No Time To Waste

Given our country’s sophisticated water and wastewater infrastructure, the average American might not think too much about the value of water. We turn on the tap, and out it flows–the supply is reliable and relatively inexpensive. It’s not until there is a shortage, that we stop to think about how much we send down the drain.

According to the National Climatic Data Center, 38% of the United States (US) was in “moderate to extreme drought” at the end of November 2007. These record-breaking conditions brought water conservation back into the social consciousness for many communities. The fact is that by 2013, water shortages are anticipated in at least 36 states–even in non-drought conditions. Population growth, aging infrastructure, and the unpredictable effects of climate change are stressing water supplies throughout the country. Water conservation is not a passing fad or a subject to be discussed only during a “dry year.” More water professionals and citizens are realizing that increasing efficiency is the most cost-effective and environmentally sound way to reduce the demands on our water resources.

In fact, this linkage between water and energy will grow like never before. As EPA takes action to confront the serious challenge of climate change, we will emphasize water-related aspects of the issue and urge citizens and governments to connect the drops and the watts to save water, energy, and ecosystems. Reducing demand through water efficiency is like buying an insurance policy for a community’s infrastructure. It helps prepare for the unexpected, and reserves supplies for the future. Smart water use extends the life of existing infrastructure, keeping water more affordable and cutting operational costs. And when drought does occur, sound water use practices make us all more resilient, reducing the need for restrictions. Most utility conservation programs rely heavily on public education to change behavior and reduce water demand. EPA created the WaterSense program (www.epa.gov/watersense) in June 2006, knowing markets can be transformed; indeed, the world can be changed when informed consumers connect with efficient, high-performing products and services.

WaterSense is a powerful tool to help drive water efficiency in your community. Stakeholders from across the nation, including water utilities, communities, manufacturers, and retailers, supported EPA in the development of WaterSense. As a result, the program is thriving today. Nearly 120 utilities and local governments are WaterSense promotional partners, advocating for water-efficient practices, and asking consumers and businesses to “look for the label.” The marketplace is welcoming WaterSense labeled products, which are third-party tested and certified to be 20% more efficient, and perform as well or better than conventional models. Manufacturers and retailers are committing precious marketing dollars to building consumer awareness and support. More than 100 WaterSense-labeled toilets from a wide range of manufacturers, and more than 30 labeled bathroom faucets and accessories are available.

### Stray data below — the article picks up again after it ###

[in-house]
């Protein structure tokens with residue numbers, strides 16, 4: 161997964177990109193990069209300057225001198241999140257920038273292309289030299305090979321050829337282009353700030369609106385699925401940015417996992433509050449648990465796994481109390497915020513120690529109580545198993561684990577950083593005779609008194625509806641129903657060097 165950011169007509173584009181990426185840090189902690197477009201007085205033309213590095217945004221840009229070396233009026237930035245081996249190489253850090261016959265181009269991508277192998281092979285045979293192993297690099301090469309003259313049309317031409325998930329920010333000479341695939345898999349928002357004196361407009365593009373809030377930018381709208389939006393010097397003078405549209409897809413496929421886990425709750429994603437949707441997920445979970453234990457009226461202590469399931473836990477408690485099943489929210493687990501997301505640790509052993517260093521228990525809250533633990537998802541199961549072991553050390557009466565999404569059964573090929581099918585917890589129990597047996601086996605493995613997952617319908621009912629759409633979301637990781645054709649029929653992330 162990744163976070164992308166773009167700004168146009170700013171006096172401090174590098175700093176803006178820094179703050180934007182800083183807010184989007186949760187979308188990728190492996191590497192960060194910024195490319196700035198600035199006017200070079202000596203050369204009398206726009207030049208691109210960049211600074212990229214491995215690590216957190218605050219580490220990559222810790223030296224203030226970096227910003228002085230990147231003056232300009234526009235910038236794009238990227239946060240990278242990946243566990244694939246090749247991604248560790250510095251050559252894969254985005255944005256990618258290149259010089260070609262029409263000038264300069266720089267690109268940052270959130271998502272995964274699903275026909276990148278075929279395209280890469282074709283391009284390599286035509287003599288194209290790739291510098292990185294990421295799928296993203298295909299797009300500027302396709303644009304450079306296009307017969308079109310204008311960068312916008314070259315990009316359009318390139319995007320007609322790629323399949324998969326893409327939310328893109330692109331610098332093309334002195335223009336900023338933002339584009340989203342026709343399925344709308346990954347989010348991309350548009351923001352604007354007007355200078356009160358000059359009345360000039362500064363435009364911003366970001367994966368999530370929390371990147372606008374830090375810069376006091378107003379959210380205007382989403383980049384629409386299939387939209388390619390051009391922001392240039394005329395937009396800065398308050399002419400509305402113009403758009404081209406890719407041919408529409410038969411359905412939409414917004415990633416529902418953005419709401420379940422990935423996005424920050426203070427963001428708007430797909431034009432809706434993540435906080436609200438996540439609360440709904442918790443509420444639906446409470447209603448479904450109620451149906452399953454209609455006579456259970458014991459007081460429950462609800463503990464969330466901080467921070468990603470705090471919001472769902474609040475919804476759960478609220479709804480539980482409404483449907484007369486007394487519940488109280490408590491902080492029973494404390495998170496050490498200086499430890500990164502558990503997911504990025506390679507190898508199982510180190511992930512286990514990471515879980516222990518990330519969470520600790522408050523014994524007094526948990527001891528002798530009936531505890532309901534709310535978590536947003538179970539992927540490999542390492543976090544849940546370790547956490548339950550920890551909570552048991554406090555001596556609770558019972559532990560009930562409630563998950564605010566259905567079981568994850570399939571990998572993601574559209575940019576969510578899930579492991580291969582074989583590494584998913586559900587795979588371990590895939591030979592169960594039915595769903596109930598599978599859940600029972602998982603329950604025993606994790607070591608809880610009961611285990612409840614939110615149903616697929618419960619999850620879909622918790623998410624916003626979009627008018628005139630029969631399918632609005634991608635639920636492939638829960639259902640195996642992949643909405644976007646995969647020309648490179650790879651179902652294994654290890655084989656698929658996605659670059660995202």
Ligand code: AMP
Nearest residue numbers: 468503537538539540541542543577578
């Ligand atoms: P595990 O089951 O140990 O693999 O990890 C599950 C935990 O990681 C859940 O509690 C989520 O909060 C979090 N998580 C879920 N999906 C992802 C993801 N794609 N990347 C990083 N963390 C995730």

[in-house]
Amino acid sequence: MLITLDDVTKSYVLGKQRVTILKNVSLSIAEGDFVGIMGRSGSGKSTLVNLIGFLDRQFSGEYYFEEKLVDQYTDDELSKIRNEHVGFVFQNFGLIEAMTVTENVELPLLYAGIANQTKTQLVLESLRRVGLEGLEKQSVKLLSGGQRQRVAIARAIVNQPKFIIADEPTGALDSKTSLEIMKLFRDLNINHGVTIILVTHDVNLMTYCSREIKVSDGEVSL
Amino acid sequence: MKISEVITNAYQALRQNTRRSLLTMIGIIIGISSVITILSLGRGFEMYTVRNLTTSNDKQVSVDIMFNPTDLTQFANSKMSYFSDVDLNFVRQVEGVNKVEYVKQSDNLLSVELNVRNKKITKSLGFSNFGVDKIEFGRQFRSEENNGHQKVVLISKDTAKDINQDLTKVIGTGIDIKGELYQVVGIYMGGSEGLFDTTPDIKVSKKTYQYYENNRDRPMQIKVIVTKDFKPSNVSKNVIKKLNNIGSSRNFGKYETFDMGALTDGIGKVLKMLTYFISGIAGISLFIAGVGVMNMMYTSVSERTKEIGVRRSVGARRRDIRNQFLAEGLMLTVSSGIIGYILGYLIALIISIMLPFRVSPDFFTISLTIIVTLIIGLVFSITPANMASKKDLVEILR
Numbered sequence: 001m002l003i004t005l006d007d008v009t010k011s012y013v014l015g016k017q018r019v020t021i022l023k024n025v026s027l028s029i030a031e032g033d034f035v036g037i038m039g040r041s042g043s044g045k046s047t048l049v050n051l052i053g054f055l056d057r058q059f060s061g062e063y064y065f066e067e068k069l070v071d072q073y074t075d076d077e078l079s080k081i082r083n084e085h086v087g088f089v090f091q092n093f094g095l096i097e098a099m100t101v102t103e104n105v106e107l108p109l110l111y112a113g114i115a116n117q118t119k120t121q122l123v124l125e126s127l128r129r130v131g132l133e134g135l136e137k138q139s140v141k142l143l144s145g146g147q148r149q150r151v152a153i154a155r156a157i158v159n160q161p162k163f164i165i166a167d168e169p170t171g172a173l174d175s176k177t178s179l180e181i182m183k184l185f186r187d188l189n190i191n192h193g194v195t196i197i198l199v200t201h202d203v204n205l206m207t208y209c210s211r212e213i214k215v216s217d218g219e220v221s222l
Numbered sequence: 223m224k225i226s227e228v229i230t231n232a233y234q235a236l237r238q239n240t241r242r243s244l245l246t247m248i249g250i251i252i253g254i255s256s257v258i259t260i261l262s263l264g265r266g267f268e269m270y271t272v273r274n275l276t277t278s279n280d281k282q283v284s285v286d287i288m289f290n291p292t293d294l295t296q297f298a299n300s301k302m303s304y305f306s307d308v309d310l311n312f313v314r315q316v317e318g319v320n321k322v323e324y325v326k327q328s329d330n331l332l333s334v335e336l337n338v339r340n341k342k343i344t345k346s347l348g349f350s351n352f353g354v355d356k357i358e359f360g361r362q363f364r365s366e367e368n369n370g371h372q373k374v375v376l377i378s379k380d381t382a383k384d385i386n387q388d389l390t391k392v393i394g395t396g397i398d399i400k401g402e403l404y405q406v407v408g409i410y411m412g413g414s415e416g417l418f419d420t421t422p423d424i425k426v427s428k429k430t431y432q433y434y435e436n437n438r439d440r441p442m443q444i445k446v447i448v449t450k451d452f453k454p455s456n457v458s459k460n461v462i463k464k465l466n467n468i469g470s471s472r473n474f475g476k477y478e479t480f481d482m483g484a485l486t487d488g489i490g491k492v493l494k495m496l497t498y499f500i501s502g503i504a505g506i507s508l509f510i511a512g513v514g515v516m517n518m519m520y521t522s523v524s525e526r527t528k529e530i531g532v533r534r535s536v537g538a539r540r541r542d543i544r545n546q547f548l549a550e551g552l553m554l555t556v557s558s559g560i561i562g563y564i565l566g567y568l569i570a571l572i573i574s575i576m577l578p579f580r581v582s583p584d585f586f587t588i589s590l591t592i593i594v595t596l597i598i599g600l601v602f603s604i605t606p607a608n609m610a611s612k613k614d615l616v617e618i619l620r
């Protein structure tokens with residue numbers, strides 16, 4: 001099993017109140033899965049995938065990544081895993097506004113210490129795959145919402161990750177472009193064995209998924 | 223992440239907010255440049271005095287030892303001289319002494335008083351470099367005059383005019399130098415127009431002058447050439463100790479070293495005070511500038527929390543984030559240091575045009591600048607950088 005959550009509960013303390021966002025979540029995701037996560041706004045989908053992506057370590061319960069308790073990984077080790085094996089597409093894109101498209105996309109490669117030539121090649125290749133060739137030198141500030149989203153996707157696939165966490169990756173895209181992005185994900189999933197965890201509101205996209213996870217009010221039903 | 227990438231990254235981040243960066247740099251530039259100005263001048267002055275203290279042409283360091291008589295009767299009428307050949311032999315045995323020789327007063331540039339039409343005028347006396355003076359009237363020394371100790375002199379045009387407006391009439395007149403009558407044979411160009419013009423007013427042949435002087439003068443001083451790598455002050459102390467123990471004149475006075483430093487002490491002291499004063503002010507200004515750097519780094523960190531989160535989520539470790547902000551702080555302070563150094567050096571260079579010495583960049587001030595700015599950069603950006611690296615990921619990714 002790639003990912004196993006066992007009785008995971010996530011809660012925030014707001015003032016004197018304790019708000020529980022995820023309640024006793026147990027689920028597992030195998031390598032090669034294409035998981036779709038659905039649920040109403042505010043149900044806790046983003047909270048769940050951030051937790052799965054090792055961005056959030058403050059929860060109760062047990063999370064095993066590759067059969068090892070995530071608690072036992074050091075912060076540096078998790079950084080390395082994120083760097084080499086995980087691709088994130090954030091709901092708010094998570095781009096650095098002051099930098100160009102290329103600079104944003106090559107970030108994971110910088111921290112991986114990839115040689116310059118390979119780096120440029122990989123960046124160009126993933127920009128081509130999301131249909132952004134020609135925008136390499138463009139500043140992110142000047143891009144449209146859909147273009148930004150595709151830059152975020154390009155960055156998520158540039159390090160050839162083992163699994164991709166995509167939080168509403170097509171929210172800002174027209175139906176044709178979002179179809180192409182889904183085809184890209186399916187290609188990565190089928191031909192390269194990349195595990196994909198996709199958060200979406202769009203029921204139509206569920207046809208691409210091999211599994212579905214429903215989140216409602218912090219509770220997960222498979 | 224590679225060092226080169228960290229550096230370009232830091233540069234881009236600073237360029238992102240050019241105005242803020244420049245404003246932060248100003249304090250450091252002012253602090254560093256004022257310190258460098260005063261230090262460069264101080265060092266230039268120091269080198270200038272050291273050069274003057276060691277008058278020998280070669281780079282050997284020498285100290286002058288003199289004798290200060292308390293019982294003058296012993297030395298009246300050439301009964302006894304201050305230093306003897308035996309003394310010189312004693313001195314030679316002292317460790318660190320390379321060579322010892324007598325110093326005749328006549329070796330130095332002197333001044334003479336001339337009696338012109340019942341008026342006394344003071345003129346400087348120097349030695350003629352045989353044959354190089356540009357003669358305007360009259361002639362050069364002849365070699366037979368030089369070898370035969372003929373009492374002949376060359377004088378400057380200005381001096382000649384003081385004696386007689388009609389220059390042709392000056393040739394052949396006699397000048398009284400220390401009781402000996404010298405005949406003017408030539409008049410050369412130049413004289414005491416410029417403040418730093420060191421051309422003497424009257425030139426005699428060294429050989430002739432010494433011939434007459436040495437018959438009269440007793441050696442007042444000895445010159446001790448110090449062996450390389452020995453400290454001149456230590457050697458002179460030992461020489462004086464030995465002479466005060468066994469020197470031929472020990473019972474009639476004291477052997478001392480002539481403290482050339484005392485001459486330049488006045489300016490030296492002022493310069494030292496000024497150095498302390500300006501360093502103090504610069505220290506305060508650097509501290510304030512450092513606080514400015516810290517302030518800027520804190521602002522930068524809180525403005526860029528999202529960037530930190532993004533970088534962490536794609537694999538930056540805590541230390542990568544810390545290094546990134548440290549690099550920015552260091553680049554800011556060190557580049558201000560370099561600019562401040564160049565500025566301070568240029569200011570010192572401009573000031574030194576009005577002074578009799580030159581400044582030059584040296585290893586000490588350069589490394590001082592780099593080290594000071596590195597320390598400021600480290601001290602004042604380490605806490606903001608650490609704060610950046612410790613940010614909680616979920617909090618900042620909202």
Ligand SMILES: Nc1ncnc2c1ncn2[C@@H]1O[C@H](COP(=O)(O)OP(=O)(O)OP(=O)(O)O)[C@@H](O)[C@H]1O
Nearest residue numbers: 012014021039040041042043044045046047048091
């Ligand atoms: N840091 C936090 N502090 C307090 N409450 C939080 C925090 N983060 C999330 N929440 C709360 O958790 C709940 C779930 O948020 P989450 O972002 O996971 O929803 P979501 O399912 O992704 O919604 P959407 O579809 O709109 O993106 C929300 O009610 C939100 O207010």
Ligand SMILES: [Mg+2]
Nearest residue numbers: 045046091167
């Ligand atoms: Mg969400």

WaterSense-labeled certification programs for landscape irrigation professionals are also gaining ground. At the start of 2008, more than 300 landscape professionals were WaterSense partners. These professionals are certified through WaterSense-labeled programs that focus on water-efficient irrigation system design, installation/maintenance, or auditing. Research, as well as draft specifications, are underway to include other water-using products in the program. WaterSense-labeled products that could reach the marketplace between 2008 and 2013 include showerheads, weather-based irrigation controllers, soil moisture sensors, pre-rinse spray valves, and other commercial fixtures.

EPA’s rigorous specifications requiring efficiency and performance, allow utilities to more easily identify and confidently promote water-efficient products and services to their customers. And, the savings potential is astounding. If just one in every 10 American homes replaced old fixtures with WaterSense-labeled toilets and bathroom faucets, the country would save more than 120 billion gallons annually and about $785 million in energy costs required to pump, treat, and heat the water each year. By promoting WaterSense as part of your conservation program, you can strengthen your outreach efforts with a credible, national brand, and a strong, consistent message. By telling your customers to look for the WaterSense label, you’re not only helping people save gallons; you’re fueling consumer demand to drive retailers to stock more water-efficient products, encouraging manufacturers to innovate to meet EPA criteria, and providing incentives to plumbers and irrigation professionals to offer the latest in water-saving technologies.

EPA will continue to increase water efficiency awareness and action beyond its WaterSense program. For example, in 2006, we launched a Water Efficiency Leader awards program (www.epa.gov/ow/wel) to recognize outstanding savers and innovators in six different sectors. In 2007, numerous applications show that US businesses, homeowners, and entire communities are able to reduce the demand for water 10 to 70%, through known technologies and focused desire. We anticipate future winners will inspire even more action and innovation. 
About the Author

Benjamin H. Grumbles

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